Pan American Health Organization | Organización Panamericana de la Salud

Skip to content



Highlights

Latest News


Return Safely from the 2010 FIFA World Cup, Free of Measles and Rubella

PAHO reissues health alert to detect measles and rubella in travelers returning from the World Cup

Washington, D.C., 9 July 2010 (PAHO) — With just two days remaining before the final 2010 FIFA World Cup (South Africa) champion is known, the Pan American Health Organization (PAHO) is reissuing a health alert to encourage the early detection of measles and rubella in travelers returning from Africa to their countries of origin.

The alert is being disseminated on a poster, strategically placed in major international airports in Latin America and the Caribbean, that gives recommendations on how to prevent the importation of measles and rubella viruses. As thousands of soccer fans return to the Americas, PAHO is urging countries not to miss any opportunity to detect travelers who may be infected with the measles and/or rubella viruses. Measles was eliminated from the Americas in 2002, and rubella in 2009.

The poster, which is available on the PAHO website, recommends that any resident of the Americas, including athletes participating in the World Cup, be protected against measles and rubella prior to their departure. Travelers returning from the World Cup should be alert for symptoms such as fever, rash, cough, runny nose, or conjunctivitis, and if they suspect they have measles or rubella, they should stay at home (or in their hotel room, if still traveling) except to seek medical care. Travelers who develop symptoms should avoid school, work and any close contact with others for seven days after a rash appears.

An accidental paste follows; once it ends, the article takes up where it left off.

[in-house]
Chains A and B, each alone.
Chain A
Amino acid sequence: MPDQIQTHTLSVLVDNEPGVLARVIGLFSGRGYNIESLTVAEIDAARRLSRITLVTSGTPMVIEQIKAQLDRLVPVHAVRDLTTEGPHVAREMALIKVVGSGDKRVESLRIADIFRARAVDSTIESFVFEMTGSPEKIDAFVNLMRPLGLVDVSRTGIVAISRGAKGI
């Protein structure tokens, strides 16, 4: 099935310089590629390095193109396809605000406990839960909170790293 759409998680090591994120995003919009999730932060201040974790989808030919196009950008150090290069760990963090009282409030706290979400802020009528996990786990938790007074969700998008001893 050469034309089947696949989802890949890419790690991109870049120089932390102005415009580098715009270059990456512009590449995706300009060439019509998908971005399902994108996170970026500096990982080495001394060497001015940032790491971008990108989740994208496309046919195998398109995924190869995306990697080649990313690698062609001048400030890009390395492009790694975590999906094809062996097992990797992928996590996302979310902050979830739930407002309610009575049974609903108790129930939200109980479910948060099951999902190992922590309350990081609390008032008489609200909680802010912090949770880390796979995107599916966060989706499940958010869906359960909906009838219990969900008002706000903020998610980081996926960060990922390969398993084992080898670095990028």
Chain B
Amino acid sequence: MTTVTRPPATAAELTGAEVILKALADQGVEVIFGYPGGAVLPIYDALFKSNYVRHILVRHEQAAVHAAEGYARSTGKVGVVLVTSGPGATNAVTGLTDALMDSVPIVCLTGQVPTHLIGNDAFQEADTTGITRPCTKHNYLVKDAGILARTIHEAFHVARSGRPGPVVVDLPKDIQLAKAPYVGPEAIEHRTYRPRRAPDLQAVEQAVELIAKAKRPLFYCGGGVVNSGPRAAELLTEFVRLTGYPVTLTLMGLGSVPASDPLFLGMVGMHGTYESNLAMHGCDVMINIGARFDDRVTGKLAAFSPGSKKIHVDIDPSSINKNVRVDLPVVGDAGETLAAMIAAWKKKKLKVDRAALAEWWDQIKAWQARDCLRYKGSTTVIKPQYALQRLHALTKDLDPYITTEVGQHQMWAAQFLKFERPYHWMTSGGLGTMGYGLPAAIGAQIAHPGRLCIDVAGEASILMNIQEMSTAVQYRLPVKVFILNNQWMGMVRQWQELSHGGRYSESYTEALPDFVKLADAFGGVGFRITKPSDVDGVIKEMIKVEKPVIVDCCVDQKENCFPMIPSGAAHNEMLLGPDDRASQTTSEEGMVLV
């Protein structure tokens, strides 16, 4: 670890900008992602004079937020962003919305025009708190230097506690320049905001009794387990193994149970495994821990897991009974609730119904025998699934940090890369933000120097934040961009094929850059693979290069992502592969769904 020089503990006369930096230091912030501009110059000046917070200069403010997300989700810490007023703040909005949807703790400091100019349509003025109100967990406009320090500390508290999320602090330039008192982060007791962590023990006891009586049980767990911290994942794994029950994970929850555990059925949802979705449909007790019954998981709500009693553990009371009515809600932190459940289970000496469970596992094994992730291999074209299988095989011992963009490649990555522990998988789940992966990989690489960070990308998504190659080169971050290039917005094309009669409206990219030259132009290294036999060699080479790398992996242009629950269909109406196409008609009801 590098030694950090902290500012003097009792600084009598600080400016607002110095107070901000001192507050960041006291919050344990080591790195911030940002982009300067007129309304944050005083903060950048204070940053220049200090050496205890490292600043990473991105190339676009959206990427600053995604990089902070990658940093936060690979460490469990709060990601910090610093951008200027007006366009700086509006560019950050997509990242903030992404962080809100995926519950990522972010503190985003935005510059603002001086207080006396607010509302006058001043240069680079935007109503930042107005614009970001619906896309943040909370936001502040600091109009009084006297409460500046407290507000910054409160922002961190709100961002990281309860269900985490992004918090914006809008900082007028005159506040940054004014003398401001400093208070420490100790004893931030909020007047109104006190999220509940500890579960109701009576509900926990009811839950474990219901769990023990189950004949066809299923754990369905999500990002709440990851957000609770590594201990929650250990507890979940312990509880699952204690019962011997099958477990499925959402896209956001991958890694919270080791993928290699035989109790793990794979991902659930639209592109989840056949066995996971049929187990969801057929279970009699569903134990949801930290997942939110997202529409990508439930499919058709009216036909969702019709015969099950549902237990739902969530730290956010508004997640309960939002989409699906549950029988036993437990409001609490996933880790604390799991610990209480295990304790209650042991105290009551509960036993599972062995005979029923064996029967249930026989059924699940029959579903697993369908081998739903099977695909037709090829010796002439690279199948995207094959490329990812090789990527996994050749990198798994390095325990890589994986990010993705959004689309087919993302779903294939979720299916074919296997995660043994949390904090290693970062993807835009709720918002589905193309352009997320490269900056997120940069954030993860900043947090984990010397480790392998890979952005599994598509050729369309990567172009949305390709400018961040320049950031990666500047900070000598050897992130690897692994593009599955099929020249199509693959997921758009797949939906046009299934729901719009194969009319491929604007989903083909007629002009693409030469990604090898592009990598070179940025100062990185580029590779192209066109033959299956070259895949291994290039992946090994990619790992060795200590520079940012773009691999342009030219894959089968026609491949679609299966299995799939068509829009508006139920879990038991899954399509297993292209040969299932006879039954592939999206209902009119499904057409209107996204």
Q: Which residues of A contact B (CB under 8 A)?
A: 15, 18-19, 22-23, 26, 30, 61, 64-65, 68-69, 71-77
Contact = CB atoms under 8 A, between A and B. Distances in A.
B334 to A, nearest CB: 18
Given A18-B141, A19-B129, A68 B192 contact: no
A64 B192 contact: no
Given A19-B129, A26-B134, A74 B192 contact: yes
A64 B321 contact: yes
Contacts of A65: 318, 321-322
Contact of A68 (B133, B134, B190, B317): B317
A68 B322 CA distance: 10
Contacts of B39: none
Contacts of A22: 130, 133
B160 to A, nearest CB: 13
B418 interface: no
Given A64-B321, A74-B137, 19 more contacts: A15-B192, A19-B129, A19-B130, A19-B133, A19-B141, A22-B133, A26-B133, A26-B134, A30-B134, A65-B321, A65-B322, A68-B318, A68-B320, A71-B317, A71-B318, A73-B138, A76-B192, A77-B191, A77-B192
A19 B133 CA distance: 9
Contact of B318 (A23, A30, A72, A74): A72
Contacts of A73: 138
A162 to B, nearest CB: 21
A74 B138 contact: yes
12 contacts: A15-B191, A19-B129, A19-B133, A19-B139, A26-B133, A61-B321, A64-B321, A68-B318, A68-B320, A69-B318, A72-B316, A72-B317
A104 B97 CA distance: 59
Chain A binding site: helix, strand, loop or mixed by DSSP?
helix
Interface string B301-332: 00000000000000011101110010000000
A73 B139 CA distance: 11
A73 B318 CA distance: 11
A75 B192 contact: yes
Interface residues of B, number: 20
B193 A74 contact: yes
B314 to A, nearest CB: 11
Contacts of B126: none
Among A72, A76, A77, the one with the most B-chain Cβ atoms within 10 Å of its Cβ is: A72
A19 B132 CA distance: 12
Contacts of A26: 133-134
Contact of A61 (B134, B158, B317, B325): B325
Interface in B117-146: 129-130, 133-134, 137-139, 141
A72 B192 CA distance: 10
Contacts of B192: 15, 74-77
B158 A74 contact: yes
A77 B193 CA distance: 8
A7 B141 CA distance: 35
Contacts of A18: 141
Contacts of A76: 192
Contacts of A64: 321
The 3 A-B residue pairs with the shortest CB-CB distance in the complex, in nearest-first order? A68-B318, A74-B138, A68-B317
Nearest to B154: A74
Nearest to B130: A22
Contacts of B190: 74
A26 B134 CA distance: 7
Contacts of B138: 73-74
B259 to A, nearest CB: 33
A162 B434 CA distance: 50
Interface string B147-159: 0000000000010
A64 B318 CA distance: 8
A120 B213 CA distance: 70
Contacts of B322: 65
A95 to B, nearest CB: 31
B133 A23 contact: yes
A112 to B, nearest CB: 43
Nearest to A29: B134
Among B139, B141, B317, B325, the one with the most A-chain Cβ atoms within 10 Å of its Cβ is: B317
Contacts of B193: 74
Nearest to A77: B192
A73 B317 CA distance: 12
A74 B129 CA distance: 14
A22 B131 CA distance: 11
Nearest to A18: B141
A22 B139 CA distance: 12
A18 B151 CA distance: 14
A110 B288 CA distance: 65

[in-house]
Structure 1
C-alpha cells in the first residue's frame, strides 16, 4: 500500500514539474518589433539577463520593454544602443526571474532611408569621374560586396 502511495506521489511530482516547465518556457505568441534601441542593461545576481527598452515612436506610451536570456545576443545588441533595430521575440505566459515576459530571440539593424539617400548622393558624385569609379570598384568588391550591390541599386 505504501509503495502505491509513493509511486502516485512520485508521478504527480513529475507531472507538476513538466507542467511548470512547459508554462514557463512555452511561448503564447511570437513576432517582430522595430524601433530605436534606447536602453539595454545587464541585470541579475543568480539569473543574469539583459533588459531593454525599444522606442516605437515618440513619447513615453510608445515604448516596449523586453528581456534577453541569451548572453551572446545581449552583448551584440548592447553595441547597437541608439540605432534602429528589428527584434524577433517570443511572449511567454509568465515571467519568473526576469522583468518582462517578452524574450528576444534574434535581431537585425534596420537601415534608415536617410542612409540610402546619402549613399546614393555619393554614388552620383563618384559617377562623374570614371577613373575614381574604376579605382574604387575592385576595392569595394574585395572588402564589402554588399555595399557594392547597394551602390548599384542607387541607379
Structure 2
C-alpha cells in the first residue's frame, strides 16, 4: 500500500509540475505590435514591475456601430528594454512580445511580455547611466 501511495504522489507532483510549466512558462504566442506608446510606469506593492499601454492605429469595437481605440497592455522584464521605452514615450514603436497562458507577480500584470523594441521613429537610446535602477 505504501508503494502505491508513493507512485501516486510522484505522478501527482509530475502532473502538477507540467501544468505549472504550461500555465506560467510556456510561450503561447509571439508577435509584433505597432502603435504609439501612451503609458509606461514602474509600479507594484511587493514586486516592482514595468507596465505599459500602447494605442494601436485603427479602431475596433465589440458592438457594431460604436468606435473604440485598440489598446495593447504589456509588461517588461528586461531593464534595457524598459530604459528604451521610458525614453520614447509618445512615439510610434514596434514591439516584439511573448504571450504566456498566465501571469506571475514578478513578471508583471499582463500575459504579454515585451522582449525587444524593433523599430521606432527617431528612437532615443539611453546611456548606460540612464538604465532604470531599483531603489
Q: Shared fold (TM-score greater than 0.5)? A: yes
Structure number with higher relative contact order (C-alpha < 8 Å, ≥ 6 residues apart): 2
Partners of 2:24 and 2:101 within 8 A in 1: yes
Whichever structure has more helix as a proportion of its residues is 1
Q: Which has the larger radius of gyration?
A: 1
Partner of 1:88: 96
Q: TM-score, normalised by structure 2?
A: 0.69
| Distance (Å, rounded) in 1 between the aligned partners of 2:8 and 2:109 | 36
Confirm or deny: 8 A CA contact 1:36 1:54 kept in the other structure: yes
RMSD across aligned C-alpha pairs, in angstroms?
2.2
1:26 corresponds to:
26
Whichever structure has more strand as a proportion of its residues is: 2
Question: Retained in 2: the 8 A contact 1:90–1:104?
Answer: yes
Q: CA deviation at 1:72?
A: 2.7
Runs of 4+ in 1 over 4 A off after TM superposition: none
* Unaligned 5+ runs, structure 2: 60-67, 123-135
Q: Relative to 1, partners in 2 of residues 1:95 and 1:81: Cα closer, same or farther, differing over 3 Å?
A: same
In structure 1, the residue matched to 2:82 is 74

In general, travelers who are not vaccinated against measles and rubella are at risk of being infected with these diseases when visiting countries where the viruses are circulating. Special efforts should be made to ensure the protection of women of childbearing age to prevent possible infection with rubella virus during pregnancy.

Health care workers in both the public and private sectors have been alerted to the possibility of importations of these diseases and reminded to report cases immediately.

Since January 2009, several African countries have reported measles outbreaks: South Africa has reported 16,594 confirmed measles cases[1], and the outbreak has reached all nine of its provinces. The official games of the 2010 FIFA World Cup took place in Bloemfontein, Cape Town, Durban, Johannesburg, Nelspruit, Polokwane, Port Elizabeth, Pretoria, and Rustenburg. All eight teams representing countries of the Americas played in at least two of the provinces.

PAHO was established in 1902 and is the world’s oldest public health organization. It works with all the countries of the Americas to improve the health and quality of life of the people of the Americas and serves as the Regional Office for the Americas of the World Health Organization (WHO).

LINK:


[1] Data until 21 June 1010.  Source: National Institute for Communicable Diseases (NICD) website.

For more information please contact This e-mail address is being protected from spambots. You need JavaScript enabled to view it , Advisor, Knowledge Management and Communication, PAHO/WHO, Tel +1 202 974 3459 – cell +1 202 316 5679, fax +1 202 974 3143.

 

 
PAHO Campaigns
Publications portal

Country Offices

Regional Office for the Americas of the World Health Organization
525 Twenty-third Street, N.W., Washington, D.C. 20037, United States of America
Tel.: +1 (202) 974-3000 Fax: +1 (202) 974-3663

© Pan American Health Organization. All rights reserved.